- Yet hiring people with great attitude but limited technical skills has consequences. These people were not in a position to understand/explain the differences between 27 varieties of checking accounts, much less explain any complex financial products. To accommodate this design choice – hiring people with attitude but not aptitude – Commerce Bank simplified its product line into one product: a checking account.
To sum up: Commerce Bank become a great success by focussing on customers who valued opening hours/great service and were willing to sacrifice deposit rates. To deliver this value proposition Commerce Bank had to make integrated design choices. They choose to excel at what really mattered to these target customers (convenience, great service/attitude) and chose to do badly on the dimensions that did not matter to the target customers: price (deposit rates) and product range.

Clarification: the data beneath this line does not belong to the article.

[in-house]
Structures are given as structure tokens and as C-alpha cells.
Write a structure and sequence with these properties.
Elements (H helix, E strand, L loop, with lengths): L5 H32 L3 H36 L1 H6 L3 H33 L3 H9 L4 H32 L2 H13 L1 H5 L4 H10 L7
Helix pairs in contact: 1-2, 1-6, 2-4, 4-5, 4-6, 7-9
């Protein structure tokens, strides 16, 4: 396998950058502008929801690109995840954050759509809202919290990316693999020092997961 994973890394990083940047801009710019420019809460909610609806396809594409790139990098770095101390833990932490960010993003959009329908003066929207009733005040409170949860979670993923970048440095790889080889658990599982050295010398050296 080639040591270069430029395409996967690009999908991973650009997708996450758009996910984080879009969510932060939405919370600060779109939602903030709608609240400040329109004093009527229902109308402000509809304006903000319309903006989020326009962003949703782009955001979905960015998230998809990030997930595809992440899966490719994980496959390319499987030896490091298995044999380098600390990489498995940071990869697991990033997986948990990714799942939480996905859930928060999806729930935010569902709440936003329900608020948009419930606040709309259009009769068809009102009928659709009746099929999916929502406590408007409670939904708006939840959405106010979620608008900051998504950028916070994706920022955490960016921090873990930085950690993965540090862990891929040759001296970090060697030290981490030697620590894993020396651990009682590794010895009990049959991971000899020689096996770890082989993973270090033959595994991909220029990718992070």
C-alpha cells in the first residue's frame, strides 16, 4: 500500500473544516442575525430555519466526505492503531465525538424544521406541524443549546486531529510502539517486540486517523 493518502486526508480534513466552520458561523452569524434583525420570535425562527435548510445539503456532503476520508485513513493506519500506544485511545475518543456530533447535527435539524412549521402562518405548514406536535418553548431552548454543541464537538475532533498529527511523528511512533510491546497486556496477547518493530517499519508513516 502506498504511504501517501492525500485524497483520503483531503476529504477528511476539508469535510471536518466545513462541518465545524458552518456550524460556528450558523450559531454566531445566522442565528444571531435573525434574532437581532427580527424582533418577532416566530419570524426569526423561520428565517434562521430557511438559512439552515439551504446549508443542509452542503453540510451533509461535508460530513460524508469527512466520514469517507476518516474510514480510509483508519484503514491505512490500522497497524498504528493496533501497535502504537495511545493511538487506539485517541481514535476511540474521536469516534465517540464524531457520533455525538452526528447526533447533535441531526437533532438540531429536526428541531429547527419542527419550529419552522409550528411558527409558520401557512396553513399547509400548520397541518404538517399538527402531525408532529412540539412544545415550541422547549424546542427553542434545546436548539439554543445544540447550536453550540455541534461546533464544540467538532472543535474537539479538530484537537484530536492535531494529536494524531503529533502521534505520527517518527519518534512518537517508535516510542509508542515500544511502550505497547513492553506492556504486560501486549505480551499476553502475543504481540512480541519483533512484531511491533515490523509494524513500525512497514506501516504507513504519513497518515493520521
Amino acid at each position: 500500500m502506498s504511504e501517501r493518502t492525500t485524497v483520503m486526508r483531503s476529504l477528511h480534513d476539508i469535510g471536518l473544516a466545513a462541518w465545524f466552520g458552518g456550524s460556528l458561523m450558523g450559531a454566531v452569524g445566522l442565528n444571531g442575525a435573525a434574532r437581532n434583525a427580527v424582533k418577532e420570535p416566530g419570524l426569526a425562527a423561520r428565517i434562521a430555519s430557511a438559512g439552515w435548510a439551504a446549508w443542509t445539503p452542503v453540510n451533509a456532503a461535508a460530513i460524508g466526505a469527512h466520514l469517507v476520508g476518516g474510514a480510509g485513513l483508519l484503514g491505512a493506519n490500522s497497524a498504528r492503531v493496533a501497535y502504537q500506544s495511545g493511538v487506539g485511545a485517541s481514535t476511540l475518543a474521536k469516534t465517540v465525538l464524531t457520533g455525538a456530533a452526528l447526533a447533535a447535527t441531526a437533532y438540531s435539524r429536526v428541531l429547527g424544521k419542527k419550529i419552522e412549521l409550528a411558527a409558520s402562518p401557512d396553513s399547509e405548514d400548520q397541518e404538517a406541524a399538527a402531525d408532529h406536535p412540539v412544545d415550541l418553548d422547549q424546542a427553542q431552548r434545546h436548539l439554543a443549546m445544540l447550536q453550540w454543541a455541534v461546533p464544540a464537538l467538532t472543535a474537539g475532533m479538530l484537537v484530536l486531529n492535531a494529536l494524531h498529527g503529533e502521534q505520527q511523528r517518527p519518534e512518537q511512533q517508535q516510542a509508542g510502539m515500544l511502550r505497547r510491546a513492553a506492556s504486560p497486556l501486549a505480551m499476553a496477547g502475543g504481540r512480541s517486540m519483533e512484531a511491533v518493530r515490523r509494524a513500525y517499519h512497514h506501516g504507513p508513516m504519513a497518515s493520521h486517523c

Can customer-centricity lead you to ruin as Sampson Lee claims? No, if you approach customer-centricity strategically and take the kind of approach that Commerce Bank took, or Amazon does, or SouthWest Airlines does, or John Lewis does. Yes, if you go about it the way that Sampson suggests you are going to go about it: do whatever your competitors is doing, follow the latest shiny object, or simply respond to whatever is the latest whim of any person that chooses to do business with you.
Corephone: a great example of the service ethos, customer experience and customer centricity! (Part I)
If your smartphone or iPad needs fixing then contact Spencer at corePhone